Scientists in Canada have discovered the first potential case of deer passing coronavirus to a human, according to the new research that hasn’t yet been peer-reviewed. The event has raised new concerns that wildlife could host Covid-19 strains that could eventually spill over to humans.
The team also identified new, highly-mutated strains of Covid-19 in white-tailed deer, highlighting the potential dangers of wildlife hosting the virus. Like humans, animals can act as reservoirs for a pathogen as it spreads and mutates—sometimes into a more deadly or contagious version of itself.
In their study, the Canadian scientists collected samples from the noses and lymph nodes of hundreds of white-tailed deer hunted in southwestern Ontario last fall. Their analysis revealed that 17 of the 298 deer they tested were positive for a “new and highly divergent lineage” of the coronavirus, per the Guardian’s Leyland Cecco.
When researchers compared the “highly divergent” version of Covid-19 to human cases, they found a person with a similar strain, indicating the virus jumped from deer to humans. The infected person lived in southwestern Ontario and had close contact with deer, Rachael Rettner reports for Live Science. The study was released last week on the preprint server bioRxiv and is awaiting formal review.
The discovery underscores the importance of monitoring wildlife for diseases that could jump to humans but isn’t yet cause for panic.
“This particular case, while raising a red flag, doesn’t seem to be hugely alarming,” says Finlay Maguire, one of the study authors and an epidemiologist at Dalhousie University in Nova Scotia, to Jaela Bernstien for CBC News.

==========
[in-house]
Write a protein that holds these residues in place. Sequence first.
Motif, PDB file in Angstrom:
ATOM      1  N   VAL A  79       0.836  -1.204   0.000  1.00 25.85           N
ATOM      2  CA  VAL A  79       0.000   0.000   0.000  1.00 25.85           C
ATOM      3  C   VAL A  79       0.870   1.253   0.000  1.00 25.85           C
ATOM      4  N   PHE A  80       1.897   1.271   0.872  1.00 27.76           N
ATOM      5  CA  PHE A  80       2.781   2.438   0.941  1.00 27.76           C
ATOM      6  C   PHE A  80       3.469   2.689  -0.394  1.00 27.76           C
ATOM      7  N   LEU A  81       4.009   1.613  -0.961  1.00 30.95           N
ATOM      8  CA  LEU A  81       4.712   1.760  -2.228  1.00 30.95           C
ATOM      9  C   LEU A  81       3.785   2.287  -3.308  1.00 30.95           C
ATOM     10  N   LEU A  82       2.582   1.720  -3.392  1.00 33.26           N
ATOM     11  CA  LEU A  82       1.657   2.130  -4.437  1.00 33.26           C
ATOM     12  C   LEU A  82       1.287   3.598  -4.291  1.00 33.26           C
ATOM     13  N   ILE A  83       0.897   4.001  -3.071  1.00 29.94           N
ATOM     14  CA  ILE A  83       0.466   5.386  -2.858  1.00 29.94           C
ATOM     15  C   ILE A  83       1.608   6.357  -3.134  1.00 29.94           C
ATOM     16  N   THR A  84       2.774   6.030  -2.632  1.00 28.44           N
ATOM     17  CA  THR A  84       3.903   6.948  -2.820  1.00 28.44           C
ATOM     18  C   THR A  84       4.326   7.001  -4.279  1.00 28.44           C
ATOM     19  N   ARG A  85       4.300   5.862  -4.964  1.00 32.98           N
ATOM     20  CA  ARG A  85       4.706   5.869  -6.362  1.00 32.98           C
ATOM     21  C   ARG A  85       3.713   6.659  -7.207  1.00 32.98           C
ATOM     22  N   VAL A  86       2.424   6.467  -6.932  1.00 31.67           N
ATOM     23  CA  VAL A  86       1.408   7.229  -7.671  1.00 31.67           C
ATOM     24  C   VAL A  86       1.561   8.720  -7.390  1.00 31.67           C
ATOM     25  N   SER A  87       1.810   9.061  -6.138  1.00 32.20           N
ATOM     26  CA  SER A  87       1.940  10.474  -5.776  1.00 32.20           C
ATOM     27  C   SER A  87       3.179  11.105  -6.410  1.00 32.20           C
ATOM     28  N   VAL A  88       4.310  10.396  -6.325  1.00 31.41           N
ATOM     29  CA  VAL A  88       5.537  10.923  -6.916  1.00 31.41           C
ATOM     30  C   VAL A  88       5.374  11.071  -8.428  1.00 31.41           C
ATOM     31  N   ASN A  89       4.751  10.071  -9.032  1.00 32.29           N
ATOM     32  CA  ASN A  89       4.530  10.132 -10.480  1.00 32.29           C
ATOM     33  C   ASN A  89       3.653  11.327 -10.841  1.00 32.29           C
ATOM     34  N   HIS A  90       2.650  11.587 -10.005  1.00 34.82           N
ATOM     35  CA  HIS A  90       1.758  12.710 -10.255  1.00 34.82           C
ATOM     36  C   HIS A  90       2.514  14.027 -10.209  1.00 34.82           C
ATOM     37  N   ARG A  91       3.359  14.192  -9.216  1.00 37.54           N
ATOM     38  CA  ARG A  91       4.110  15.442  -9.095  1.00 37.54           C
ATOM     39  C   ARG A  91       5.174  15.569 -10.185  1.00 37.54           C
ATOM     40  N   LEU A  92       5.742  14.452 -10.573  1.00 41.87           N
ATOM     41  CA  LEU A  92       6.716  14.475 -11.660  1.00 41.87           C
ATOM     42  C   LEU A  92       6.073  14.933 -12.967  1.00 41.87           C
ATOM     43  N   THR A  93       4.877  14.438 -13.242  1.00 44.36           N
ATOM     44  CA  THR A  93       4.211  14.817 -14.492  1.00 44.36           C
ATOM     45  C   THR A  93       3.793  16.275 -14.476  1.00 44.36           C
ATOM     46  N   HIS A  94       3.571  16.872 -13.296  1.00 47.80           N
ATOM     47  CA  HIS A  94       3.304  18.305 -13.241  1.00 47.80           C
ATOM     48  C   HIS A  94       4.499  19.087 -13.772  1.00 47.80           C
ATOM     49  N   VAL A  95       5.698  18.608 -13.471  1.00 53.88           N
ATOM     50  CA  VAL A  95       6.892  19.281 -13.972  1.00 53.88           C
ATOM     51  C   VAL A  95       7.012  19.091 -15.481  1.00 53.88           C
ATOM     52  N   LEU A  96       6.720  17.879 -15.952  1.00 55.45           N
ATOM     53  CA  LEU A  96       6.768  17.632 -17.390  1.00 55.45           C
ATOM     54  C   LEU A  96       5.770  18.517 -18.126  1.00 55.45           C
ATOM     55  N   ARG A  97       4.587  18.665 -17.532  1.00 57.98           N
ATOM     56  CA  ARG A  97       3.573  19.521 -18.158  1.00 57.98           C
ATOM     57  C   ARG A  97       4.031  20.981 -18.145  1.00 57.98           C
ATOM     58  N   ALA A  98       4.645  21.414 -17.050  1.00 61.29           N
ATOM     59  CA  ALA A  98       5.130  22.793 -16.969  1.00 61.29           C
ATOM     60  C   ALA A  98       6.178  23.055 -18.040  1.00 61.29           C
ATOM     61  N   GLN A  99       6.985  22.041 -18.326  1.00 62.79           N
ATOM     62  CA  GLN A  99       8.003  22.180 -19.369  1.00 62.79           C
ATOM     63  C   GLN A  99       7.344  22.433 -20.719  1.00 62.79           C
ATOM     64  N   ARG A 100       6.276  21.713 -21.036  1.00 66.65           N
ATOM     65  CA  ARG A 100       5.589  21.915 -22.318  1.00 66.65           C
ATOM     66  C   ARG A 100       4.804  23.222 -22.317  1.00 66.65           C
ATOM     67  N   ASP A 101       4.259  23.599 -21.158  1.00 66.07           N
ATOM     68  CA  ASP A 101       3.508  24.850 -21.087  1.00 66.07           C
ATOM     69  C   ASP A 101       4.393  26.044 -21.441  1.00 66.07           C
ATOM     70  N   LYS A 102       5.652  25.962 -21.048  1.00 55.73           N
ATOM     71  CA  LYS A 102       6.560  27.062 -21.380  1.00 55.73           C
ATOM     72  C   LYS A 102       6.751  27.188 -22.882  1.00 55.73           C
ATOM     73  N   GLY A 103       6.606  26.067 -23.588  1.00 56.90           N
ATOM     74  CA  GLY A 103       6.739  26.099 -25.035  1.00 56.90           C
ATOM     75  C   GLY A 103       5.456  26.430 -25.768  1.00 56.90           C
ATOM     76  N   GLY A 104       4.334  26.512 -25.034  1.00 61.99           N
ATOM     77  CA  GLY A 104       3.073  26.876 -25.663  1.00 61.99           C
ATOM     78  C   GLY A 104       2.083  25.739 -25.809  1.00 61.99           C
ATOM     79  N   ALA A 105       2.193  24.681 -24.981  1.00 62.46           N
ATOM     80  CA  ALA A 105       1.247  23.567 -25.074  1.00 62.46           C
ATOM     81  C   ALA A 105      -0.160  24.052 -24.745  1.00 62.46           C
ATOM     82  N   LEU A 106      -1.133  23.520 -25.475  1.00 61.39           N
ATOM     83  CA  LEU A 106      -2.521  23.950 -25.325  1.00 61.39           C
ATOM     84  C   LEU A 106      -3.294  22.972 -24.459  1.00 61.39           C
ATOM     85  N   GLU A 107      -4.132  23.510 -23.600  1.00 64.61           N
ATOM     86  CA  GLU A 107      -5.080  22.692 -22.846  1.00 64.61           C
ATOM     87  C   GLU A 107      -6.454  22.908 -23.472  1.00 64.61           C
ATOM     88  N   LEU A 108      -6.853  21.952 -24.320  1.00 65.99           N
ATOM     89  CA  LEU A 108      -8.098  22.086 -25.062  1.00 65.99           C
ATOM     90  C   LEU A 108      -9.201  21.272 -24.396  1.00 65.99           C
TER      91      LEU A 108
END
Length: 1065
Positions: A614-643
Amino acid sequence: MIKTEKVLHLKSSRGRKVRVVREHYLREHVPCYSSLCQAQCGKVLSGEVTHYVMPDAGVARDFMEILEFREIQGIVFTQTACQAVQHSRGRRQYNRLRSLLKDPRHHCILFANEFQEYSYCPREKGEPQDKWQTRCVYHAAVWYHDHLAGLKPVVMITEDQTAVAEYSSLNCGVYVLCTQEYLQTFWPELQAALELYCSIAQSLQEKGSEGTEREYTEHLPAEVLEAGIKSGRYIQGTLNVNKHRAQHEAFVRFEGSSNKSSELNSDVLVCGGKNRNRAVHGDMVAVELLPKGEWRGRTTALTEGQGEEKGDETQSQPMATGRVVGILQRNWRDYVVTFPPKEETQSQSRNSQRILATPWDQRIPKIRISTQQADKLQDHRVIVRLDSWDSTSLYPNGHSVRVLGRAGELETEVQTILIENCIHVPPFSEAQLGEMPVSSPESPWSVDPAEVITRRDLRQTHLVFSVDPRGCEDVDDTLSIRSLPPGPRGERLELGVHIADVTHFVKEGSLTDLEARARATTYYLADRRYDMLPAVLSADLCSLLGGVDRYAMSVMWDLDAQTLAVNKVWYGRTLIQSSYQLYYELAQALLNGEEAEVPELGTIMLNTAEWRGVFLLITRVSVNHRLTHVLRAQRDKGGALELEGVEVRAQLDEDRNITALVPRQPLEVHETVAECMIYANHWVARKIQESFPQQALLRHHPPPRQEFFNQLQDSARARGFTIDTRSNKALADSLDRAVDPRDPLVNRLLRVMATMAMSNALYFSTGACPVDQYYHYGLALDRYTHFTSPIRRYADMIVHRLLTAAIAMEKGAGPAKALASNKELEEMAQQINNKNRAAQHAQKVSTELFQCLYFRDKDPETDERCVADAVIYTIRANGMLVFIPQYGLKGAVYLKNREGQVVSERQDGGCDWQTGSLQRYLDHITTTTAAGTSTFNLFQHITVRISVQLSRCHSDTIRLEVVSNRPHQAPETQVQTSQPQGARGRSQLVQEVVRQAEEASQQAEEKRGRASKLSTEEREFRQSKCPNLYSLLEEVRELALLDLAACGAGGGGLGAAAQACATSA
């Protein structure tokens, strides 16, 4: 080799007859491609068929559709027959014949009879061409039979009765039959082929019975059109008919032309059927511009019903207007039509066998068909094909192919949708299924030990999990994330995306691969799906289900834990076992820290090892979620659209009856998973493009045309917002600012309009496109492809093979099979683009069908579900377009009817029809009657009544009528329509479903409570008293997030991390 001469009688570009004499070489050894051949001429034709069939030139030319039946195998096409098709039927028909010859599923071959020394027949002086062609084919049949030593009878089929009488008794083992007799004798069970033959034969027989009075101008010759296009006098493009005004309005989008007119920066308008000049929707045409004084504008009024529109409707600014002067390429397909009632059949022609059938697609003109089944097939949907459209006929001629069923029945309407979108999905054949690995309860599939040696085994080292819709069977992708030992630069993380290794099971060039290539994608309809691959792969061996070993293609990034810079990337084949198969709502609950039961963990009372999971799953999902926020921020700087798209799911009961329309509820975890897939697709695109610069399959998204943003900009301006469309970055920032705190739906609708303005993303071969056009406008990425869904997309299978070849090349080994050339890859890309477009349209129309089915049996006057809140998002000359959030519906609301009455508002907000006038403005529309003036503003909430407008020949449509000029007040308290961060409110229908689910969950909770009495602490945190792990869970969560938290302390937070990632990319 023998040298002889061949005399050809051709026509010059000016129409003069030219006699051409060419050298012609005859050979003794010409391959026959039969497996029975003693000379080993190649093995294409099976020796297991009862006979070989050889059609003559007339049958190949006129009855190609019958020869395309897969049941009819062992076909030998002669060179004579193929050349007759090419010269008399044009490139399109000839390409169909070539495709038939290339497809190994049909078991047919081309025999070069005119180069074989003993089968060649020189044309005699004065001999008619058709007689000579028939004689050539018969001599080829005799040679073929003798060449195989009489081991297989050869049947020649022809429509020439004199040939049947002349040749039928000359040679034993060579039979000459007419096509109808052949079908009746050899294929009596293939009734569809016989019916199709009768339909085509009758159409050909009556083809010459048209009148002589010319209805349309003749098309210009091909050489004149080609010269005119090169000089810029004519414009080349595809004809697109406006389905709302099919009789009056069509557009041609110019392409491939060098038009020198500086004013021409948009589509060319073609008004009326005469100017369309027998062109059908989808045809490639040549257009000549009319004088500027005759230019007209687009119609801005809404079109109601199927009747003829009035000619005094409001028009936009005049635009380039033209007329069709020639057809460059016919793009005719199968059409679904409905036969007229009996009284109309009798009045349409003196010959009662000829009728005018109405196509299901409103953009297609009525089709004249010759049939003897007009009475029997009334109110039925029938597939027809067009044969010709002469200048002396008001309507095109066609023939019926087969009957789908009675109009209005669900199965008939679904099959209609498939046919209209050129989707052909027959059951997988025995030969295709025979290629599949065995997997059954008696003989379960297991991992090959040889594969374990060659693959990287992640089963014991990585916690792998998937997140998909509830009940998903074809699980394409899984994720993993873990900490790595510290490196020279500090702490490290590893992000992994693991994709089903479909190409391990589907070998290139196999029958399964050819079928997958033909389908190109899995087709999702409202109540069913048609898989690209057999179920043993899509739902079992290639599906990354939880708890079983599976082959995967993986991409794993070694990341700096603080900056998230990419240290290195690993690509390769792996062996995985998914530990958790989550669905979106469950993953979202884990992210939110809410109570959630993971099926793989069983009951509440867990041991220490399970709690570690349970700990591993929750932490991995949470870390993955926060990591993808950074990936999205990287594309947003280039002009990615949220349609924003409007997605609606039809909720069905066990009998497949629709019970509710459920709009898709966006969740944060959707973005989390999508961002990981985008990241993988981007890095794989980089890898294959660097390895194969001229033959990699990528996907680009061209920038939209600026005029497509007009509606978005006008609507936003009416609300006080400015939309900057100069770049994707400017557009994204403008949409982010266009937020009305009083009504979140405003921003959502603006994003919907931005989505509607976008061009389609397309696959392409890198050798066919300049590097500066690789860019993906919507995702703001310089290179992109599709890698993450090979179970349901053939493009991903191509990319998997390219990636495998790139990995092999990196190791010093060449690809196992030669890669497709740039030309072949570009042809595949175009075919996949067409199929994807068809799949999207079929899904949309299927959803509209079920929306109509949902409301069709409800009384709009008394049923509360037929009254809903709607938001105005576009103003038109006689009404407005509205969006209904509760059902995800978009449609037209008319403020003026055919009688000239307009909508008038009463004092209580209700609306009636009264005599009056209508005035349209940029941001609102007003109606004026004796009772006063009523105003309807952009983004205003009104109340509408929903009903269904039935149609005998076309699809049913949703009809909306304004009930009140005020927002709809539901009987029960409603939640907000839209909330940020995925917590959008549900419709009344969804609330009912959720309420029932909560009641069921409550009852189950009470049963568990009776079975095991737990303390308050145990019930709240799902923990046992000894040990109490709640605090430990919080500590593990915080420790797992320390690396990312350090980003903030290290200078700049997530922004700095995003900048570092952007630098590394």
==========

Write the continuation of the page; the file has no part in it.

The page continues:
Before researchers identified the recent case, scientists weren’t sure humans could get Covid-19 from white-tailed deer. Typically the virus spreads from humans to deer (and then deer to deer), not the other way around. Scientists aren’t sure how deer originally contracted the virus from humans, but suspect it could have been spread through water, food, other animals, or close contact with people.
The recent Covid-19 lineage identified in the study isn’t related to the Delta or Omicron variants, per Carolyn Crist for WedMD. Instead, Maguire notes that the closest genetic relative came from samples taken from humans and mink in Michigan two years ago.
Based on the lineage’s specific mutations, researchers behind the work believe that existing Covid-19 vaccines are still effective at preventing serious disease and death. So far, the recent human case seems to be an isolated incident, though the Public Health Agency of Canada has issued new guidance for those that come in close contact with deer.
“It’s reassuring that we found no evidence of further transmission, during a time when we were doing a lot of sampling and a lot of sequencing,” says Samira Mubareka, a microbiologist at Toronto's Sunnybrook Health Sciences Centre who was involved in the study, to CBC News. “If we continue to do this surveillance, we’ll get a much better sense of what the actual risk is.”